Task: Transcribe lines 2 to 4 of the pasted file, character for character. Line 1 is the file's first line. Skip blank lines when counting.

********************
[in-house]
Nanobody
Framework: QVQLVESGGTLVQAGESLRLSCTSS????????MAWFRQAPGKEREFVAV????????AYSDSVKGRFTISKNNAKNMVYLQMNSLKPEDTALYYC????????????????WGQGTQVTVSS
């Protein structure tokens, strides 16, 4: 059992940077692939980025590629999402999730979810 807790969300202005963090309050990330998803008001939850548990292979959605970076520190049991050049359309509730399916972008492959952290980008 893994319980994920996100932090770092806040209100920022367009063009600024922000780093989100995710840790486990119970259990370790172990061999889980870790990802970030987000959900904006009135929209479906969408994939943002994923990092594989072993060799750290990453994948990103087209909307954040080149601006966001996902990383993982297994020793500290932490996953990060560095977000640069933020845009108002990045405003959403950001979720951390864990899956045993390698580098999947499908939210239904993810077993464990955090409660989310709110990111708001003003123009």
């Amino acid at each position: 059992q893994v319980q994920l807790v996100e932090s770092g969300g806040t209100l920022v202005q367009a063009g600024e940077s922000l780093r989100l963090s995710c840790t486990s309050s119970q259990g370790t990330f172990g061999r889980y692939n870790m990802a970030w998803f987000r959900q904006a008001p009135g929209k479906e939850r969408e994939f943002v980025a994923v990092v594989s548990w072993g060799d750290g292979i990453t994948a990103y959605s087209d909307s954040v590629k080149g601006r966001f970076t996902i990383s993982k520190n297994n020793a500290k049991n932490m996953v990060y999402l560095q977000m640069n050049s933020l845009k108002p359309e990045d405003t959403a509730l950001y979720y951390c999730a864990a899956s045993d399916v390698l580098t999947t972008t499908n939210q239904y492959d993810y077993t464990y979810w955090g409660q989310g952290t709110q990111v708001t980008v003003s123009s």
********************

Nanobody
Framework: QVQLVESGGTLVQAGESLRLSCTSS????????MAWFRQAPGKEREFVAV????????AYSDSVKGRFTISKNNAKNMVYLQMNSLKPEDTALYYC????????????????WGQGTQVTVSS
């Protein structure tokens, strides 16, 4: 059992940077692939980025590629999402999730979810 807790969300202005963090309050990330998803008001939850548990292979959605970076520190049991050049359309509730399916972008492959952290980008 893994319980994920996100932090770092806040209100920022367009063009600024922000780093989100995710840790486990119970259990370790172990061999889980870790990802970030987000959900904006009135929209479906969408994939943002994923990092594989072993060799750290990453994948990103087209909307954040080149601006966001996902990383993982297994020793500290932490996953990060560095977000640069933020845009108002990045405003959403950001979720951390864990899956045993390698580098999947499908939210239904993810077993464990955090409660989310709110990111708001003003123009």